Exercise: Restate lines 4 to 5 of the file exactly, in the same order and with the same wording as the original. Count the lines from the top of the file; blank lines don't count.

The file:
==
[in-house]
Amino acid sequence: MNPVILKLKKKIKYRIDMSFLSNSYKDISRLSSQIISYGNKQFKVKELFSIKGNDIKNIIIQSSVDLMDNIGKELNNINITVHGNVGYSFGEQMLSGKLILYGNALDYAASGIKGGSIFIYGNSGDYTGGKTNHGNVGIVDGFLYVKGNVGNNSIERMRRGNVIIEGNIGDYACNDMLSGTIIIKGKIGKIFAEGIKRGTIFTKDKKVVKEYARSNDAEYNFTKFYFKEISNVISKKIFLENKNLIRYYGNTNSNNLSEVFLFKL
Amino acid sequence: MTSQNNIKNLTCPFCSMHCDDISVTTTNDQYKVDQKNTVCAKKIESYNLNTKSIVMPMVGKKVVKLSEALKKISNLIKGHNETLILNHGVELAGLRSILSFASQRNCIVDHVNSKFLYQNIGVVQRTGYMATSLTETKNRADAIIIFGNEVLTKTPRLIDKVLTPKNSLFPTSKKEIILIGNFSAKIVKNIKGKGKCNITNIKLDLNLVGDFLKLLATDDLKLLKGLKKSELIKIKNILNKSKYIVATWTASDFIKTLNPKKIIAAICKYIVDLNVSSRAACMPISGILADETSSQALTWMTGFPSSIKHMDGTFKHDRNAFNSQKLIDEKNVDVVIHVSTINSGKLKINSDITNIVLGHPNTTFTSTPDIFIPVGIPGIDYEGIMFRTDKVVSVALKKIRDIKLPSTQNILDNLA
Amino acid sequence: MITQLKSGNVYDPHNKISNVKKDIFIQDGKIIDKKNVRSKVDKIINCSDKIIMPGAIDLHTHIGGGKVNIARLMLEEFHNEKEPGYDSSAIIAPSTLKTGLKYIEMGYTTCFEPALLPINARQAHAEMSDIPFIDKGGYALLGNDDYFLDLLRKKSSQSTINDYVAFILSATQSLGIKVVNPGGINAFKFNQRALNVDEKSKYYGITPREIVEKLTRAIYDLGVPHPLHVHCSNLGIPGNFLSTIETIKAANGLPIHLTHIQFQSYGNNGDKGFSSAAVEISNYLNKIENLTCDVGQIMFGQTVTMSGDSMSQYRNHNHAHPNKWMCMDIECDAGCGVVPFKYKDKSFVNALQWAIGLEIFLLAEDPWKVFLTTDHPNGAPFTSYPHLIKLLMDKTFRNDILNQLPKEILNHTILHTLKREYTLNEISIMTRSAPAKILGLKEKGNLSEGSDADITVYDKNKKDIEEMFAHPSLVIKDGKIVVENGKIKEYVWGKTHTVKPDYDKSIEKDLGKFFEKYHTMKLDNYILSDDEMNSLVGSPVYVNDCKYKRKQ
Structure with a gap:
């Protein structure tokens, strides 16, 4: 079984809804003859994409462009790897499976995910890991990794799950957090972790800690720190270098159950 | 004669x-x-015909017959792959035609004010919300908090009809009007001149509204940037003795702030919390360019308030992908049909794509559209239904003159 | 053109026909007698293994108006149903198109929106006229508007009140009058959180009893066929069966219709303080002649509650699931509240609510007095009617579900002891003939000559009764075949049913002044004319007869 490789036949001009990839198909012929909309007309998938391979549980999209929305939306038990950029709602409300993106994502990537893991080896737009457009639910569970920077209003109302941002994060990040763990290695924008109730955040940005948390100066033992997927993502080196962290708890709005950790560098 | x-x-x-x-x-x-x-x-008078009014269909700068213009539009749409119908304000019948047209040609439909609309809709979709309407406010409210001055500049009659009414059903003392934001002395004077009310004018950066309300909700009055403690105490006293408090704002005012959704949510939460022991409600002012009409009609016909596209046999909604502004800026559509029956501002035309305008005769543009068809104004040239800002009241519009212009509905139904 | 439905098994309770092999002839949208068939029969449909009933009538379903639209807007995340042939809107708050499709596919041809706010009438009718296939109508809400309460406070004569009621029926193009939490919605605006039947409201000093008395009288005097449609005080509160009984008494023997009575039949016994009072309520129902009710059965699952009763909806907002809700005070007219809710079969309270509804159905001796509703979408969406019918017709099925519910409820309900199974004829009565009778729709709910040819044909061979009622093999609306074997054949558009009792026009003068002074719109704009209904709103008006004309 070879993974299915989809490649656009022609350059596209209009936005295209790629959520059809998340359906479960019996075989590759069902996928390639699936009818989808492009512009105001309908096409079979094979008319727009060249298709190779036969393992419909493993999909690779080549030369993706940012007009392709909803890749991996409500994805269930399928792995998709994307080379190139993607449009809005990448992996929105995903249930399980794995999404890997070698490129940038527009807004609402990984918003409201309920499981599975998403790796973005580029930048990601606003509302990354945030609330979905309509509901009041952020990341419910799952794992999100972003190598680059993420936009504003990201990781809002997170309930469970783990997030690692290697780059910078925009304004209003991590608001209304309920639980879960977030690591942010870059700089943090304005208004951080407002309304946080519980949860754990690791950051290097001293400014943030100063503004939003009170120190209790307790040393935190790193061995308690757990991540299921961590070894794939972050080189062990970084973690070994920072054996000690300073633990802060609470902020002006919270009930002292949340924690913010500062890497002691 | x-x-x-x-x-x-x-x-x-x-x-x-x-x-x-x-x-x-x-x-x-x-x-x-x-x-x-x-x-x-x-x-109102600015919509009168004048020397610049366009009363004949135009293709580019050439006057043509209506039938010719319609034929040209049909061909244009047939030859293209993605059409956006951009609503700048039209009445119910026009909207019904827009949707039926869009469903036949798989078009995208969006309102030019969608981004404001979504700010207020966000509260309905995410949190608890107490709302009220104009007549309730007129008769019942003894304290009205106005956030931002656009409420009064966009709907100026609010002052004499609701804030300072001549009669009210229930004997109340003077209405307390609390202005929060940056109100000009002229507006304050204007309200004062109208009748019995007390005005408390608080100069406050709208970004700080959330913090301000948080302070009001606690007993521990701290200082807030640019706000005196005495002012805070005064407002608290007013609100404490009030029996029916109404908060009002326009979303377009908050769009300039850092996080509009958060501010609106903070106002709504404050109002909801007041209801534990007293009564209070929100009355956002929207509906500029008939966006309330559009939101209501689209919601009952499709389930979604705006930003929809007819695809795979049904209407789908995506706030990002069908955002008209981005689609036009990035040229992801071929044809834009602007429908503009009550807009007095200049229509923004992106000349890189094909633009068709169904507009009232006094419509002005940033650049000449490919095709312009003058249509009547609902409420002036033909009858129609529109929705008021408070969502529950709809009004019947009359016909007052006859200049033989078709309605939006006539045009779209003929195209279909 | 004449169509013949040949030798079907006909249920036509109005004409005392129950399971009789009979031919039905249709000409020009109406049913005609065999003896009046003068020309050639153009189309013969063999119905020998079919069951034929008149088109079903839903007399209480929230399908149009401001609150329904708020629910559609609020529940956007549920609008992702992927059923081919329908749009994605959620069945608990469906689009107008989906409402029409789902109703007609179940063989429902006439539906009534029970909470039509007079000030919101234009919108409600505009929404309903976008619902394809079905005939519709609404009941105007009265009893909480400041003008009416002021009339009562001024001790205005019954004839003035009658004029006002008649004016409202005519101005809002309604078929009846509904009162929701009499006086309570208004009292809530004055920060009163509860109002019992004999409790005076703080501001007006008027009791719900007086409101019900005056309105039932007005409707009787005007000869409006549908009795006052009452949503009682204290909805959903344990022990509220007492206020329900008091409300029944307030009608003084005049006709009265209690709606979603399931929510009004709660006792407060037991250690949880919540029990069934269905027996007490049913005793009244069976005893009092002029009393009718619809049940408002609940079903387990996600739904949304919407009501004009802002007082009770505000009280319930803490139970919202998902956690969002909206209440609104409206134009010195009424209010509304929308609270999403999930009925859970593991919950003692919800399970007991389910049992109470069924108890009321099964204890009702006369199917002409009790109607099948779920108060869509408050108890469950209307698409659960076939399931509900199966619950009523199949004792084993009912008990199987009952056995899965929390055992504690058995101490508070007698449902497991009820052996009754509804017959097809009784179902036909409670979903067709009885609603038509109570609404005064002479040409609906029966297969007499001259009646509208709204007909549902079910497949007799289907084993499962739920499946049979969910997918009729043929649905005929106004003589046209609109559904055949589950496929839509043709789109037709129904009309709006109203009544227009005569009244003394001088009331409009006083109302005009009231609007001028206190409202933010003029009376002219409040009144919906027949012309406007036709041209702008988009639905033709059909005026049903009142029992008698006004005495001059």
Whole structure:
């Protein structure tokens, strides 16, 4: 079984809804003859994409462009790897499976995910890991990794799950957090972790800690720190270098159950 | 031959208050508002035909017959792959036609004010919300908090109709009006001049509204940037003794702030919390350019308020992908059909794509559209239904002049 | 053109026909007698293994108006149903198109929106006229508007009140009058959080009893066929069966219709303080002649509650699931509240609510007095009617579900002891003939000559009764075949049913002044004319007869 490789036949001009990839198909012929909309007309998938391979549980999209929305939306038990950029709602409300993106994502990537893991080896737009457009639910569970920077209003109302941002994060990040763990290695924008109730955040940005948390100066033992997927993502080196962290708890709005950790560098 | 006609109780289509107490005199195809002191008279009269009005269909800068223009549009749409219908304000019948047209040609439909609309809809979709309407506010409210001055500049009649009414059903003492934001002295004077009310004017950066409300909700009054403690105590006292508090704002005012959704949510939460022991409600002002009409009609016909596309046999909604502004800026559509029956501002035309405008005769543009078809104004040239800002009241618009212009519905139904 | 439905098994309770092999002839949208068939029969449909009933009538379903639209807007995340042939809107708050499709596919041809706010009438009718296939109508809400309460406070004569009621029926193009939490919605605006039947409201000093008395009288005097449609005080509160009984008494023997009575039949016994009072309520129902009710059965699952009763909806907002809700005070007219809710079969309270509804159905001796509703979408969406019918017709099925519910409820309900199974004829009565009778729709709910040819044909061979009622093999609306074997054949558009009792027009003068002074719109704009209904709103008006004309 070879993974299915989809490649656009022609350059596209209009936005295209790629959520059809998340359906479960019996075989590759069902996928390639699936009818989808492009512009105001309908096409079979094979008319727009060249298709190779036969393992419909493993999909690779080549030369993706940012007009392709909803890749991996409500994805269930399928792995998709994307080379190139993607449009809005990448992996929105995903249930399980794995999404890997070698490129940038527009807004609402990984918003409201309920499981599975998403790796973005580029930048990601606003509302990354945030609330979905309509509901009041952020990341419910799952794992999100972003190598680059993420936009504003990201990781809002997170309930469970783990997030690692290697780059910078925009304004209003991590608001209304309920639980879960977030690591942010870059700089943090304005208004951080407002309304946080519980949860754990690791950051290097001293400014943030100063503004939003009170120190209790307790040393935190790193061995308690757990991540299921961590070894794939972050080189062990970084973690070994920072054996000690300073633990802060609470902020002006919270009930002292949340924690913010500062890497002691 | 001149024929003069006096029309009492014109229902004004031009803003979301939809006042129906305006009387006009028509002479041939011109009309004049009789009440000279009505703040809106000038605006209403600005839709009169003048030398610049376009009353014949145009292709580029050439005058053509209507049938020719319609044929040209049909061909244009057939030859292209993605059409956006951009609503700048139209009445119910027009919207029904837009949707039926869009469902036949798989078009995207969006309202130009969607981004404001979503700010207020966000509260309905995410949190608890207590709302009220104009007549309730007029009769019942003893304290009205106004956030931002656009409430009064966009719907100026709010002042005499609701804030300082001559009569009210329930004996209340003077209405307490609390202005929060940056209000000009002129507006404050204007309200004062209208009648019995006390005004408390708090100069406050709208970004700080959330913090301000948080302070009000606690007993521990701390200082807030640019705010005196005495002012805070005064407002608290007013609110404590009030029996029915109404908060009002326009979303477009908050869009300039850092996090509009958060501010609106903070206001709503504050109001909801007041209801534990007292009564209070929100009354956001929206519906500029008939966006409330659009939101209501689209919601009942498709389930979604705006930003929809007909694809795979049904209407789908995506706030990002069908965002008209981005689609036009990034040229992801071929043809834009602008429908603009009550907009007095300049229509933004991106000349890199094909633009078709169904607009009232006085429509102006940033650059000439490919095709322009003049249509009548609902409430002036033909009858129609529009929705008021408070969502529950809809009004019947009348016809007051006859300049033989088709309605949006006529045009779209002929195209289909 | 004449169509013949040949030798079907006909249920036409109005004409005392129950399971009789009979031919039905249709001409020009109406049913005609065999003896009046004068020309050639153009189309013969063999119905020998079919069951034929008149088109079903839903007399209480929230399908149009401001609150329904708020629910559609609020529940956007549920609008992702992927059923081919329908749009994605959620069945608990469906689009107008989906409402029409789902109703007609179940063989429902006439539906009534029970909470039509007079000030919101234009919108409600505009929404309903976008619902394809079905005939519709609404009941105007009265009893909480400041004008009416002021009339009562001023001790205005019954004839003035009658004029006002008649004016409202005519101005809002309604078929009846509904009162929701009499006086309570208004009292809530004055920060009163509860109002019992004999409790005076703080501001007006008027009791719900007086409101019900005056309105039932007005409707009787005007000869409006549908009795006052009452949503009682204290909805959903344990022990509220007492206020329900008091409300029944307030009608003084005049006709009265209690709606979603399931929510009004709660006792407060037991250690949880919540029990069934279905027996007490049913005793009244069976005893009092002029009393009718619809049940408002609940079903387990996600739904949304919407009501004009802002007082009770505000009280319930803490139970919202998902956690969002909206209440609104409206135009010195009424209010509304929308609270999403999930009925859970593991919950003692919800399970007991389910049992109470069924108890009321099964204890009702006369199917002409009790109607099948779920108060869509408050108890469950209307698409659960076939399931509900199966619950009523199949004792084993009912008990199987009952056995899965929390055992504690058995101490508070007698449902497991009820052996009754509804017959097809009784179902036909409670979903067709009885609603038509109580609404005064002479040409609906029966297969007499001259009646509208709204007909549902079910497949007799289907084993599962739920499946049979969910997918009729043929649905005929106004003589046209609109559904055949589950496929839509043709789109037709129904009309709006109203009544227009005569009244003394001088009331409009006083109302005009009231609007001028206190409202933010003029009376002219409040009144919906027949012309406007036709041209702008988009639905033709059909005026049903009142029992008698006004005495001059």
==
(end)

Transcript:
Amino acid sequence: MITQLKSGNVYDPHNKISNVKKDIFIQDGKIIDKKNVRSKVDKIINCSDKIIMPGAIDLHTHIGGGKVNIARLMLEEFHNEKEPGYDSSAIIAPSTLKTGLKYIEMGYTTCFEPALLPINARQAHAEMSDIPFIDKGGYALLGNDDYFLDLLRKKSSQSTINDYVAFILSATQSLGIKVVNPGGINAFKFNQRALNVDEKSKYYGITPREIVEKLTRAIYDLGVPHPLHVHCSNLGIPGNFLSTIETIKAANGLPIHLTHIQFQSYGNNGDKGFSSAAVEISNYLNKIENLTCDVGQIMFGQTVTMSGDSMSQYRNHNHAHPNKWMCMDIECDAGCGVVPFKYKDKSFVNALQWAIGLEIFLLAEDPWKVFLTTDHPNGAPFTSYPHLIKLLMDKTFRNDILNQLPKEILNHTILHTLKREYTLNEISIMTRSAPAKILGLKEKGNLSEGSDADITVYDKNKKDIEEMFAHPSLVIKDGKIVVENGKIKEYVWGKTHTVKPDYDKSIEKDLGKFFEKYHTMKLDNYILSDDEMNSLVGSPVYVNDCKYKRKQ
Structure with a gap: